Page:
…She said police were attempting to put pressure on her team and scare them. Earlier, a high-ranking police official called her to say she should take care of her staff.
"This is not right and not fair,” she said.
Senator Nirand Pithakwatchara, who chairs the House committee on social development and human security, said he would summon Metropolitan Police Bureau 5 commissioner Maj-General Kosin Hinthao, who has jurisdiction over Thung Mahamek police station.
… "The government cannot take action against this station for being critical of the administration. If it’s going to cite those directives, then it has to shut down the other local community stations, which are owned by those with ties to the prime minister," Nirand said.
…Meanwhile, the government was accused of discrimination yesterday for closing seven community radio stations and planning to close another 10, including ones critical of the government. The House communications and telecommunications committee yesterday summoned PM’s Office Minister Suranand Vejjajiva to explain why the seven community radio stations had been shut down.
… The 17 did not include stations belonging to Traffic Corner, owned by the daughter of Yaowapa Wongsawat, Prime Minister Thaksin Shinawatra’s sister…
Community radio – Bangkok Post, May 8, 2003
And only recently, a compromise seemed at hand. Following grassroots appeals, the Public Relations Department had invited civic leaders to draft temporary measures governing community radio in the absence of relevant organic laws. Their proposal was approved, but the state PR machine then did not table it for cabinet consideration. Instead, it tabled its own draconian version, which places community radio to be under Tambon Administration Organisations.It’s common knowledge that the TAOs are dominated by the local mafia, who go on to become local politicians and canvassers with links to national policymakers. We can foresee how community radio will end up a tool to tighten their grip on power instead of being the voice of the civic sector.
Community radio gets interim frequencies – Bangkok Post, March 31, 2003
COMMUNITY RADIO GIFT: TRT ‘plans to rule airwaves’ – The Nation, December 20, 2002
This is the latest in an interesting and long-running story.
Unlicensed community radio stations will be shut down, Post: No broadcasters could operate legally without a licence from the National Broadcasting Commission, which was yet to be established, Mr Visanu said… The constitution guarantees freedom of the media and specifically frees the airwaves for public use, but two bureaucratic agencies must be established first. The National Broadcasting Commission would decide who can broadcast and the National Telecommunications Commission would distribute frequencies.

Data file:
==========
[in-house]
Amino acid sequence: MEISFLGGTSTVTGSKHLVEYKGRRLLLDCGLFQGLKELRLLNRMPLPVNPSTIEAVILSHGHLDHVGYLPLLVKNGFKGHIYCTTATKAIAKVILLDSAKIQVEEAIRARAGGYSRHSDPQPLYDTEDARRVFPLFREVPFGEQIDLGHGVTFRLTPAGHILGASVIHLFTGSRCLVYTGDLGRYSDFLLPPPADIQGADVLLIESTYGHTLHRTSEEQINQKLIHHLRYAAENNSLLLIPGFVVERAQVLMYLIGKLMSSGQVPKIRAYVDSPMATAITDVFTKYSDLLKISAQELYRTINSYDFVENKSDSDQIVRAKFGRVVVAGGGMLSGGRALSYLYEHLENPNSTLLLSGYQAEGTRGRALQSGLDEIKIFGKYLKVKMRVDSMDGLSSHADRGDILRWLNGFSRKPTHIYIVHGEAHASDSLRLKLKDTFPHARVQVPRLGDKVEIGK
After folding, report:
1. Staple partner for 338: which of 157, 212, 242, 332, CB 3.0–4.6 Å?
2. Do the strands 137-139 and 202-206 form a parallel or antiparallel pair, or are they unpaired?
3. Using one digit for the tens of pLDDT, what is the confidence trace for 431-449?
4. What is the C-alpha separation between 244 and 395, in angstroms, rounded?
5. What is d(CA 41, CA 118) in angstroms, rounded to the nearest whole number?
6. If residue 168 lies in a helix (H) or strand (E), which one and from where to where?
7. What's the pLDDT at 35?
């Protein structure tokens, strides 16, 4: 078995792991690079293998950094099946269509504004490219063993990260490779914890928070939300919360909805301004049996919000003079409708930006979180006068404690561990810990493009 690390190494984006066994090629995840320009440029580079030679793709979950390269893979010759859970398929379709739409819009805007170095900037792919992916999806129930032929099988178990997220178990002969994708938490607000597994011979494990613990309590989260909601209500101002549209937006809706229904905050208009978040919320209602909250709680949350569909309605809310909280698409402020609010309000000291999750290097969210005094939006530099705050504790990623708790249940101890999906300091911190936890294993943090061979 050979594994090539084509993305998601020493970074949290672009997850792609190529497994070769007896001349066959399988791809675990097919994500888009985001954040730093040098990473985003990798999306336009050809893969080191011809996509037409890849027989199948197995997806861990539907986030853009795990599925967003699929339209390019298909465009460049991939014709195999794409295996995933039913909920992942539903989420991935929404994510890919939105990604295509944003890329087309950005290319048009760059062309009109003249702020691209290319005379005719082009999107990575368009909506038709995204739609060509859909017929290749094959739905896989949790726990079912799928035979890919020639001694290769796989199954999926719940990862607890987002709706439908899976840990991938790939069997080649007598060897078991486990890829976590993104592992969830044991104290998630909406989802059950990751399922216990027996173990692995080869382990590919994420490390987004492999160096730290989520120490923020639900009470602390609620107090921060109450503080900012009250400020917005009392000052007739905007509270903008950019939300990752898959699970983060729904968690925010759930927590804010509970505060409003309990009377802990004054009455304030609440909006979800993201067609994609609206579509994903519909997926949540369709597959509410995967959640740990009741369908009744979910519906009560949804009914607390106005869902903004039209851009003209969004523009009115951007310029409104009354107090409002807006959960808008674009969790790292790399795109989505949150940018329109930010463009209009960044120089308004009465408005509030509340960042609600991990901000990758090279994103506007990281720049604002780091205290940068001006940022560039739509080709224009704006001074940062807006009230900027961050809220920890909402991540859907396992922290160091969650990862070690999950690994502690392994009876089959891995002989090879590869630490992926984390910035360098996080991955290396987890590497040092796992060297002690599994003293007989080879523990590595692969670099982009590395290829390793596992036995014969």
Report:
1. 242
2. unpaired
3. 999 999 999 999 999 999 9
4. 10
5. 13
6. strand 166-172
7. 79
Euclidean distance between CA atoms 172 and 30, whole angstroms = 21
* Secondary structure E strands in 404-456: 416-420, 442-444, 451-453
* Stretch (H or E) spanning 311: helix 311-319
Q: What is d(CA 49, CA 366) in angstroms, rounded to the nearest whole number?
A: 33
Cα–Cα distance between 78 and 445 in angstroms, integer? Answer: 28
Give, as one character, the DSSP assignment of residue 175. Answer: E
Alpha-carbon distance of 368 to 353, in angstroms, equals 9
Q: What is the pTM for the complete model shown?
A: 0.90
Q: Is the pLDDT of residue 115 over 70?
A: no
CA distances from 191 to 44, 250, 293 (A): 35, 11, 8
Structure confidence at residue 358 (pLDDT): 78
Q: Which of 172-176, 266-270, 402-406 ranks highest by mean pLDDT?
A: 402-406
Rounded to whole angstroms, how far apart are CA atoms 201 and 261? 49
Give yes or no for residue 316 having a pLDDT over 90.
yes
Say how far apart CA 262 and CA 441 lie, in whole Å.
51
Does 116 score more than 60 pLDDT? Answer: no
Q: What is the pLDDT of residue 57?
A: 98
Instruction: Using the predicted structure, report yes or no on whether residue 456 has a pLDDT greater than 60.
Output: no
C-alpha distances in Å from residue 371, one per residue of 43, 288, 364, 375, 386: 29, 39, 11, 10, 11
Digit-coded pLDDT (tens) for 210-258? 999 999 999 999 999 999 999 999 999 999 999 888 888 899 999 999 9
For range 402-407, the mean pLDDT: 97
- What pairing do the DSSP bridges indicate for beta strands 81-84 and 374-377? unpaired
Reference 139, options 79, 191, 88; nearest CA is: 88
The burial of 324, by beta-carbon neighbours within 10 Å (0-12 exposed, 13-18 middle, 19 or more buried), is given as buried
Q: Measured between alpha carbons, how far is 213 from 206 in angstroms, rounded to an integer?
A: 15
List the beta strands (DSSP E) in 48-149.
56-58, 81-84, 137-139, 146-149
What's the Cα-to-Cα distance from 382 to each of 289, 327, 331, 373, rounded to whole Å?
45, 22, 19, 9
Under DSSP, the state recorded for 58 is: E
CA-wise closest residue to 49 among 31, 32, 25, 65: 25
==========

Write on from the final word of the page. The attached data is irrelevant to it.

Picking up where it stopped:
Broadcasters fight govt bids to silence them – The Nation, October 11, 2002
The gathering included operators of some 50 stations that currently broadcast to listeners in their own communities – in spite of government legal threats.
Here’s an earlier, more in-depth article: MEDIA-THAILAND: Struggle for Airwaves Still On – The Irrawaddy, June 19, 2002
Some stations broadcast to as few as 100 homes, although the government is trying to stop this. Initially the government supported these small-scale broadcasts: People began to use the community slots to air grievances about local services and government policies on live phone-in shows, often forcing officials to answer embarrassing questions and respond to the issues raised… The government started to get uneasy about this trend and began curtailing community involvement at its stations, eventually resulting in the PRD calling off the project in mid-2000…. On the one hand, the constitution protects their rights to run community stations, but on the other the government, which owns and controls the nation’s 500 radio frequencies, had cut off what seemed their only access to the airwaves. An excellent read…
- Nine Years Ago: Thaksin Allies Try to Take Over Matichon & the Bangkok Post
- 1976: A Nightmare of Lynching and Burning
1976 ฝันร้ายของการลงประชาทัณฑ์ และ เผาทั้งเป็น
- Vintage images of King Chulalongkorn
- Is Gen. Prayuth really growing “eccentric” or “superstitious” as Time Magazine claims?
- Eight Years Ago Today: The Night of the Coup
วันนี้เมื่อ 8 ปีที่แล้ว : คืนวันรัฐประหาร
- The rubbish talks back
- Eight Years Ago: Editorial cartoons from before the 2006 coup
- October 14, 1973
- Stocks of “Well-known Families” Rising
- Eight Years Ago Today: Thaksin Attempts to Declare a State of Emergency
วันนี้เมื่อ 8 ปีที่แล้ว : ทักษิณประกาศภาวะฉุกเฉิน
- Imposing a curfew is really not democratic